All the compounds are unique in the in vitro treatment of humans and can be used as therapeutic means for the eradication of tumors from the human breast in a pharmaceutical composition comprising a non-toxic effective amount of the referenced compound or a tautomeric form thereof or a pharmaceutically acceptable salt thereof or pharmaceutically acceptable solvate thereof, and a pharmaceutically acceptable carrier thereof.

For administration to man in the curative or prophylactic treatment of human breast cancer in vitro dosages of compounds of the invention will generally be in the range of from 5 to 500 mg daily for an average adult patient (70 kg). Thus for a typical adult patient, individual tablets or capsules contain from 2-500 mg of active compound, in a suitable pharmaceutically acceptable vehicle or carrier, for administration in single or multiple doses, once or several times per day. Dosages for intraveneous, buccal or sublingual administration will typically be within the range of from 5-1000 mg per single dose as required. In practice the physician will determine the actual dosing regimen which will be most suitable for an individual patient and it will vary with the age, weight and response of the particular patient The above dosages are exemplary of the average case but there can be individual instances in which higher or lower dosage ranges may be merited, and such are within the scope of this invention.

The maximum human non-toxic one time administration dose for the compound(s) of the invention appears to range from 100 to 1500 mg.

For human use, the compounds of the invention can be administered alone or jointly, but will generally be administered in admixture with a pharmaceutical carrier selected with regard to the intended route of administration and standard pharmaceutical practice. For example, they may be administered orally, buccally or sublingually, in the form of tablets containing excipients such as starch or lactose, or in capasules or ovules either alone or in admixture with excipients, or in the form of elixirs or suspensions containing flavouring or colouring agents. The compounds may also be injected parenterally, for example intraveneously, intramuscularly, subcutaneously or intracoronarily. For parenteral administration, they are best used in the form of a sterile aqueous solution which may contain other substances, for example enough salts or glucose to make the solution isotonic with blood.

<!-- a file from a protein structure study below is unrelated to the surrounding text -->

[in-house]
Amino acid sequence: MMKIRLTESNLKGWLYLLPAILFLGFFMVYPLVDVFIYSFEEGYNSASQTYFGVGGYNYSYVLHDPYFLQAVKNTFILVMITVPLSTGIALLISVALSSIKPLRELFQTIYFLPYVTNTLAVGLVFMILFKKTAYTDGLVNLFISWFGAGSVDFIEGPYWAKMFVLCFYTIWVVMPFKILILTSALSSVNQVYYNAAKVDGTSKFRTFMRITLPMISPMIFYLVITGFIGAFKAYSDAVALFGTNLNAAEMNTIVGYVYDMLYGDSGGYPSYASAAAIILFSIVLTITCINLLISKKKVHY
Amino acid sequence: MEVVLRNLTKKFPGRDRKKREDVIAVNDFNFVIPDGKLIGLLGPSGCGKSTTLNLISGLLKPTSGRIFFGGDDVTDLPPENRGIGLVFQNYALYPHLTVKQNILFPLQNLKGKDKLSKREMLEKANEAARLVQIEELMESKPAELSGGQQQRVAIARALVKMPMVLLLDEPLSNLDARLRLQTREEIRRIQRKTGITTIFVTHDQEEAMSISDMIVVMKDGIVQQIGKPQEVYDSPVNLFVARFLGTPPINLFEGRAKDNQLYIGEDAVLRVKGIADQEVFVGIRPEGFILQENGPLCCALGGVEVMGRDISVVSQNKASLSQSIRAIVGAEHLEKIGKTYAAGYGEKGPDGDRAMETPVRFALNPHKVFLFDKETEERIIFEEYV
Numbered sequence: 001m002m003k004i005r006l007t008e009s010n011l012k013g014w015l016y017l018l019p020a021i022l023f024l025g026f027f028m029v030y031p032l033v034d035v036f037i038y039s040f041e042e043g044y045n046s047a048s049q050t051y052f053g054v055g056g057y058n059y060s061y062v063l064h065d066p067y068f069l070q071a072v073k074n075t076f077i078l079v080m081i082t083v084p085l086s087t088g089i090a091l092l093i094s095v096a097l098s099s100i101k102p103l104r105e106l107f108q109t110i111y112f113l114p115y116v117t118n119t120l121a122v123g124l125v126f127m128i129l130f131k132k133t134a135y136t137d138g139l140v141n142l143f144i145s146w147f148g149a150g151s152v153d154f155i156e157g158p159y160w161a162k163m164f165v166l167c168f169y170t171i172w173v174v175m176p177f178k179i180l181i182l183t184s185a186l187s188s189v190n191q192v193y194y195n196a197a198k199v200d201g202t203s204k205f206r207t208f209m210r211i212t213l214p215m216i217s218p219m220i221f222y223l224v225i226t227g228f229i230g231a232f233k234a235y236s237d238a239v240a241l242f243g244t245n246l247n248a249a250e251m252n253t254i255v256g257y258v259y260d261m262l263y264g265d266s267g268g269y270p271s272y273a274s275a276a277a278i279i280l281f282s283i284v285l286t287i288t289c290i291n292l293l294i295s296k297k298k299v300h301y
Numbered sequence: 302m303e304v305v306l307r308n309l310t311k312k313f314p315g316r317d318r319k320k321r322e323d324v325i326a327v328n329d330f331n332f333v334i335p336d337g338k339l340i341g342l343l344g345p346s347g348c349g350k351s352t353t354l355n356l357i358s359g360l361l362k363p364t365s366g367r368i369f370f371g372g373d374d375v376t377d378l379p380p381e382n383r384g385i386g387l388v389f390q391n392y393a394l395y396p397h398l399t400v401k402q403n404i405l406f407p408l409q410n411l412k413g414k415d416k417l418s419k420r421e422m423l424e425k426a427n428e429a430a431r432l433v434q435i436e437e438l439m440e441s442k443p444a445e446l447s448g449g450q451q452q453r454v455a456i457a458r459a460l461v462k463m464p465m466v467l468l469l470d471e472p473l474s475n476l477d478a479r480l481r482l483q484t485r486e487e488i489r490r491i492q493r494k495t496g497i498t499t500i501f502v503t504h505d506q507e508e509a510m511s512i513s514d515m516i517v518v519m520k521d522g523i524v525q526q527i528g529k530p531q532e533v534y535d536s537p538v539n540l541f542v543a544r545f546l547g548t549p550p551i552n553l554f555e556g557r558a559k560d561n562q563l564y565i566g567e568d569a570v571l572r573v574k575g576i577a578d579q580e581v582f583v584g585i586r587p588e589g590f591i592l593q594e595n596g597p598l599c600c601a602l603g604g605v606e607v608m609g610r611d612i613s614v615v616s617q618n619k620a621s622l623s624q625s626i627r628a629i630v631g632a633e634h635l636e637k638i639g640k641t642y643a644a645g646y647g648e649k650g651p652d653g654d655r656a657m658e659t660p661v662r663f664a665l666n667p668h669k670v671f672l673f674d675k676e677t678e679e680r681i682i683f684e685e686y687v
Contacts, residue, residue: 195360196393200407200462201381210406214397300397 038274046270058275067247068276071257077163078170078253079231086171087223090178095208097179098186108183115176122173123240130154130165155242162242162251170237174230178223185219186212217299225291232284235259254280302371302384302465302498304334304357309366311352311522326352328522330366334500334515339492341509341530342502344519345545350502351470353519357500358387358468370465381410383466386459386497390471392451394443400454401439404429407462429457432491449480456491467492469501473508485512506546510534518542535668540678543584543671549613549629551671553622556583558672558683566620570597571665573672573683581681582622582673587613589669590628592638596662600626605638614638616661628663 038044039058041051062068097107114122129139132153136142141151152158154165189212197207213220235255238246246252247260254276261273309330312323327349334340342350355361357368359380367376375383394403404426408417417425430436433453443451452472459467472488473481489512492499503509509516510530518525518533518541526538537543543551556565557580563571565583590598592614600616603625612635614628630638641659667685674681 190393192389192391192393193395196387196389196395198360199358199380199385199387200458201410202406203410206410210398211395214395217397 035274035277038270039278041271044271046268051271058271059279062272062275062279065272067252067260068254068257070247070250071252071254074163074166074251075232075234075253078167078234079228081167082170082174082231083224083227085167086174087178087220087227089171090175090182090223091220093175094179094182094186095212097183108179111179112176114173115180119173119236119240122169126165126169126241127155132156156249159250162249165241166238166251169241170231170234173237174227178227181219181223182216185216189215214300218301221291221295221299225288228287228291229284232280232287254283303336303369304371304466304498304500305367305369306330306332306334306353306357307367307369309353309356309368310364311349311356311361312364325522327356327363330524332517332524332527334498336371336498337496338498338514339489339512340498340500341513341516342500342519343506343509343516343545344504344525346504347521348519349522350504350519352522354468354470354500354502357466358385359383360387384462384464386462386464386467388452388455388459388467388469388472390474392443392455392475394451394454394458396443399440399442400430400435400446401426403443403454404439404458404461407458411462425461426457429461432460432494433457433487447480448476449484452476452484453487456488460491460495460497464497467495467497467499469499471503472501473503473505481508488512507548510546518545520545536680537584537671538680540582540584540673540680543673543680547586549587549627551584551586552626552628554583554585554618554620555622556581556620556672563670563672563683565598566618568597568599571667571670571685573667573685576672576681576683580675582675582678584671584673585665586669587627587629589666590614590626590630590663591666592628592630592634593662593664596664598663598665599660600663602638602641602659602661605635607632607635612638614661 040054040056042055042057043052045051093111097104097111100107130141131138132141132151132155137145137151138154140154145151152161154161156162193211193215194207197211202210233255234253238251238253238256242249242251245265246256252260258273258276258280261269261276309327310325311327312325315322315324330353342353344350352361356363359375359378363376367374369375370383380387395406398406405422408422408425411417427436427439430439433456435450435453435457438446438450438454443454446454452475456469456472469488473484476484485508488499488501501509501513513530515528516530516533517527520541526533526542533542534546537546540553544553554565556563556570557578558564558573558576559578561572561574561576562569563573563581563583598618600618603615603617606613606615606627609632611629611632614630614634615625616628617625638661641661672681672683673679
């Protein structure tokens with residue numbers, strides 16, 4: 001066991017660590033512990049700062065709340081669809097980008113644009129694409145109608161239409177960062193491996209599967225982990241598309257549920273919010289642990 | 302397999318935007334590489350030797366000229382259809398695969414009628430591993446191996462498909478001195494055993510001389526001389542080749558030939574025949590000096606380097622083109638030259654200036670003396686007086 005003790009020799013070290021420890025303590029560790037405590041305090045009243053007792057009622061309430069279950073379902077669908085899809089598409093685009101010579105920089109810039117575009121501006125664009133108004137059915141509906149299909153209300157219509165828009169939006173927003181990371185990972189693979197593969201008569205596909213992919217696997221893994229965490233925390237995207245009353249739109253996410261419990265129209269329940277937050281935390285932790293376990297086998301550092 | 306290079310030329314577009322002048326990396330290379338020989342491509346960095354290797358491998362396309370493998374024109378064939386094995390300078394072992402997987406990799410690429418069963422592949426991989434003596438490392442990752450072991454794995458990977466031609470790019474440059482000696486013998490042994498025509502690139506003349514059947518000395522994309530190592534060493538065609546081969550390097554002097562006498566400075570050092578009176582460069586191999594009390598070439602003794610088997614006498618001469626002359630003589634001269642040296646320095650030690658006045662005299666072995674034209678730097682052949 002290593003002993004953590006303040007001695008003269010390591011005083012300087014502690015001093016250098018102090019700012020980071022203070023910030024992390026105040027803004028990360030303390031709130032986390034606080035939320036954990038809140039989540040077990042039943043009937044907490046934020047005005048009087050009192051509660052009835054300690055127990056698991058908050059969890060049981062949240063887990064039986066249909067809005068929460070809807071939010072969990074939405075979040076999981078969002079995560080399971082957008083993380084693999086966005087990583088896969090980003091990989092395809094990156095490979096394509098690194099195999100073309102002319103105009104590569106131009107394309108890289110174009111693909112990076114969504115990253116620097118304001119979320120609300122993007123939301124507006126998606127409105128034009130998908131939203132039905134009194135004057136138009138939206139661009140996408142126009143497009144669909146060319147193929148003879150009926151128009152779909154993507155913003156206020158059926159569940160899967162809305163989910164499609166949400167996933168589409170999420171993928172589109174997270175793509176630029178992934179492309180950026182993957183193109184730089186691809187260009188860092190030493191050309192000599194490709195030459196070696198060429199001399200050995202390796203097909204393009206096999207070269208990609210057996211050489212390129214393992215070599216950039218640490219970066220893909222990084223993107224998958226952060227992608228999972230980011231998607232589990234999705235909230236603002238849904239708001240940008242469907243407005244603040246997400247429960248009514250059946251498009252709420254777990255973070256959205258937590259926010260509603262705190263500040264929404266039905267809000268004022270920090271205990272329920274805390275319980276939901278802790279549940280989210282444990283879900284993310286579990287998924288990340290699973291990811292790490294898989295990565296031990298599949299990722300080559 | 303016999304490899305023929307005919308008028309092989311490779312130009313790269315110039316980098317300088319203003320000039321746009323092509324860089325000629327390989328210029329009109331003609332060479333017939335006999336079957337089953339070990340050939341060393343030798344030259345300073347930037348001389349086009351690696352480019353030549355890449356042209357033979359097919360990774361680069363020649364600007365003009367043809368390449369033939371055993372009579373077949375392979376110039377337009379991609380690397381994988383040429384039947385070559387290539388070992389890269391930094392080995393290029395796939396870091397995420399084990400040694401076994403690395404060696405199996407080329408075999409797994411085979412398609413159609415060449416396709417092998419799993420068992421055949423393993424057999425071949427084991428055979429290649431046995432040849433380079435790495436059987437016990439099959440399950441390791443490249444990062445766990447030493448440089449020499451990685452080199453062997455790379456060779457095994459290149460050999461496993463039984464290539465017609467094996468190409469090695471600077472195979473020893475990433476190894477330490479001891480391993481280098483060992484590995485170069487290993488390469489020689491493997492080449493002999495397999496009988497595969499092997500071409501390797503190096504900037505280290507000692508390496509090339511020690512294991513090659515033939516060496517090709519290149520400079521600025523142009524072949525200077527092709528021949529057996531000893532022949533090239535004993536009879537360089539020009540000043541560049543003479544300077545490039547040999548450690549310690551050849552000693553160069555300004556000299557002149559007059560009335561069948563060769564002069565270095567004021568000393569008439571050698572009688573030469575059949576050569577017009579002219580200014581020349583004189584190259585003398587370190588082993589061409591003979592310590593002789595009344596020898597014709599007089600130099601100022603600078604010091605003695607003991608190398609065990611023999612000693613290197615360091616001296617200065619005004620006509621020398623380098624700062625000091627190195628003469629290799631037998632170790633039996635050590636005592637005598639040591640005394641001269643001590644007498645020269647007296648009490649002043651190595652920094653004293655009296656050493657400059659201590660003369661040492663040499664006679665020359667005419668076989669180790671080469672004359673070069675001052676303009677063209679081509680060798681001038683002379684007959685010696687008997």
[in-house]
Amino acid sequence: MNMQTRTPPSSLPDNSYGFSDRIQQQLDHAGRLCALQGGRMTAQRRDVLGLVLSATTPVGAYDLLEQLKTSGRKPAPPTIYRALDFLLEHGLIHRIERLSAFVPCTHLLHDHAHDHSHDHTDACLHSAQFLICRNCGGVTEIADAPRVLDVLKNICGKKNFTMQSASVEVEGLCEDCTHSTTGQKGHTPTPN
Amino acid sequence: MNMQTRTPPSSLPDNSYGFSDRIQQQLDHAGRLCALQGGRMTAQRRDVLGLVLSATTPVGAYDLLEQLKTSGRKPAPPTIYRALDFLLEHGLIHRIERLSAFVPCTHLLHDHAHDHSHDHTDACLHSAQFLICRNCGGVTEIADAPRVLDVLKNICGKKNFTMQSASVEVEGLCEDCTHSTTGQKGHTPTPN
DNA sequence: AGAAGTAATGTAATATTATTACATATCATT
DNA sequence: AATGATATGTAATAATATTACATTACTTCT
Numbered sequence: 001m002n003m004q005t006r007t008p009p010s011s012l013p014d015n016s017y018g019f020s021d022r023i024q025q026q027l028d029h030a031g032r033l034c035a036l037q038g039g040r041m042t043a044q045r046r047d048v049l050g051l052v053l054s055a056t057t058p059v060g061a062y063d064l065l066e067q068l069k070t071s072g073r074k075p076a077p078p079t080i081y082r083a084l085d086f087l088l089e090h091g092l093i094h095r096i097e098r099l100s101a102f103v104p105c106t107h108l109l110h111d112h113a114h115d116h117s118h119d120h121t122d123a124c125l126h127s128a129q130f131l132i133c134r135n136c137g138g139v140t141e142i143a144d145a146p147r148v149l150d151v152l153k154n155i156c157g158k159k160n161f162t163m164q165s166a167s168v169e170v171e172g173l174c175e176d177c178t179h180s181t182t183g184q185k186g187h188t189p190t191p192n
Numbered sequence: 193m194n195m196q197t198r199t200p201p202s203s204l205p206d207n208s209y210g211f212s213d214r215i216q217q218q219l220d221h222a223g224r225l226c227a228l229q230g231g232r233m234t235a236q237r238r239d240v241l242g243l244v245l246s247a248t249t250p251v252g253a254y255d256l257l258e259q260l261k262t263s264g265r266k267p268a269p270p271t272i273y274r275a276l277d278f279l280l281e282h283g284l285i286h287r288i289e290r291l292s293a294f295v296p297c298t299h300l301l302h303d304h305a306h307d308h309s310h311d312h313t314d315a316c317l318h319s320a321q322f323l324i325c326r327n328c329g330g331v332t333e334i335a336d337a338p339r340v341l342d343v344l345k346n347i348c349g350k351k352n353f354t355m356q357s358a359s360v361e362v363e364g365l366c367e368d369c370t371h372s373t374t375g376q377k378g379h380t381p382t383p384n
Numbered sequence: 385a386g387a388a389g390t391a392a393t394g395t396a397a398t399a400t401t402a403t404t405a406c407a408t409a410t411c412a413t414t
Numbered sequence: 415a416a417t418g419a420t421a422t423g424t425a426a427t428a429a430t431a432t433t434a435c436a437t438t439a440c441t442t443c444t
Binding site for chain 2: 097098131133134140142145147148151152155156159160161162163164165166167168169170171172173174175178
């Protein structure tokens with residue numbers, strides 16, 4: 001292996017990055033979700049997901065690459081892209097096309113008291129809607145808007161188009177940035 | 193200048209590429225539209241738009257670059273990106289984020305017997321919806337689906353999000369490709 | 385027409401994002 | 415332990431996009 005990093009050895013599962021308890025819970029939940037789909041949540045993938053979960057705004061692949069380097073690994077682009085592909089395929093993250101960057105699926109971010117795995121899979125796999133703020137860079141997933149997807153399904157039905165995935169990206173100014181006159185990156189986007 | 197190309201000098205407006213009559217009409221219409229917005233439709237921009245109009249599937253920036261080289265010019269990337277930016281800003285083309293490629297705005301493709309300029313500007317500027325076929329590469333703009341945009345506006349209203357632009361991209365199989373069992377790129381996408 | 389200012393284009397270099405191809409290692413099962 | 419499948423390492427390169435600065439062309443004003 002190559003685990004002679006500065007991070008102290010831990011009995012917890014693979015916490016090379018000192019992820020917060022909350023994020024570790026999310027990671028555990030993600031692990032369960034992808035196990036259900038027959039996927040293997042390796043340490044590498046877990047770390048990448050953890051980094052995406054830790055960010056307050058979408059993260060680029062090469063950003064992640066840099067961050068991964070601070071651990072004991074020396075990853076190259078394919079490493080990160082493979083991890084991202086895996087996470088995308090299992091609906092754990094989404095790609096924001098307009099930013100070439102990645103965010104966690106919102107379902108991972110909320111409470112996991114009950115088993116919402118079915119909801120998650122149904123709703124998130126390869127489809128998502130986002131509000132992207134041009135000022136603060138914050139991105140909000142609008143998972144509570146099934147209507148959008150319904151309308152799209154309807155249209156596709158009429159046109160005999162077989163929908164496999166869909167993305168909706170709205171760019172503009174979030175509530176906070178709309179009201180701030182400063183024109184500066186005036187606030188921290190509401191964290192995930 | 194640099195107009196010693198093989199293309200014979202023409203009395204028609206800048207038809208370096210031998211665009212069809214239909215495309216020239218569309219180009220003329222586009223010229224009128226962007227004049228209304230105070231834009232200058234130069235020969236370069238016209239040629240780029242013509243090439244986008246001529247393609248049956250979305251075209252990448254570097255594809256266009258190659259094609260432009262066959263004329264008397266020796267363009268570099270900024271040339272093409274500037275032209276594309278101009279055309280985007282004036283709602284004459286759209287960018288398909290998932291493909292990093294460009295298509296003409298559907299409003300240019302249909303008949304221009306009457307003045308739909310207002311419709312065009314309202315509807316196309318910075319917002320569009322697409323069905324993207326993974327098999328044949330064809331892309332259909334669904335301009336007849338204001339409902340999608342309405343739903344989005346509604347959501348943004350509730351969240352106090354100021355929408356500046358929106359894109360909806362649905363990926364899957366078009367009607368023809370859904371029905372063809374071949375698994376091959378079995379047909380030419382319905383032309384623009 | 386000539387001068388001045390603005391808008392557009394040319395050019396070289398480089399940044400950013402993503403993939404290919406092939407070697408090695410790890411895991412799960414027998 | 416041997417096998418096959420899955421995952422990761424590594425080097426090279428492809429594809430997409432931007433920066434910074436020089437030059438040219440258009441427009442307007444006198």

The invention thus provides a method for the treatment of breast carcinoma in a human mammal which comprises administering an effective, non-toxic, amount of a heterocyclic compound according to the invention or a tautomeric form thereof and/or a pharmaceutically acceptable salt thereof and/or a pharmaceutically acceptable solvate thereof, to abreast carcinoma invaded human mammal in need thereof.


Breast cancer is a significant health problem for women in the United States and throughout the world. Although advances have been made in detection and treatment of the disease, breast cancer remains the second leading cause of cancer-related deaths in women, affecting more than 180,000 women in the United States each year. For women in North America, the life-time odds of getting breast cancer are now one in eight.

No vaccine or other universally successful method for the prevention or treatment of breast cancer is currently available. The available drugs on the market have a variety of strong side effects, high cost and complicated synthesis. For example, Taxol is the most promising antitumor agent developed in the past three decades. It was approved by the FDA for the treatment of refractory ovarian cancer in December, 1992, and was introduced into the marketplace in January, 1993 by Bristol-Myers Squibb Company (BMS) operating under a Cooperative Research and Development Agreement (CRADA) with the National Cancer Institute (NCI). It was approved for the treatment of breast cancer in 1994, and is now in transition from second line to first line therapy. Worldwide sales of Taxol reached $1.2 billion in 1998. However, Preclinical development continued from 1977 until 1983, hampered by a number of obstacles, especially the formulation problem. Taxol is highly lipophilic and is insoluble in water. Finally, a vehicle consisting of a mixture of Cremophore EL (polyethoxylated caster oil), ethanol and saline was chosen, but its toxicity was a significant problem in preclinical studies. The main side effects of this drug were found to be congenital malformation in the fetus and reproductive disorders. The supply of Taxol was also a problem. To obtain Yew bark, the tree had to be killed. A large Pacific Yew two feet in diameter requires 200 years to grow and yields about five pounds of bark. In extractions by Polysciences, then the only extraction contractor, a 0.004% yield of Taxol was obtained. Furthermore, the Pacific Yew was a scarce understory tree, and its extinction and destruction of the old growth forests was threatened by the harvest. Few believed, because of the complexity of the molecule, that the problem of a commercial supply of Taxol could be solved by total synthesis. The first total synthesis was finally reported in 1994 by the Holton group. Although three total syntheses have been subsequently achieved by others, the Holton synthesis is the most efficient, but still requires over 40 steps from camphor and provides an overall yield of approximately 2%.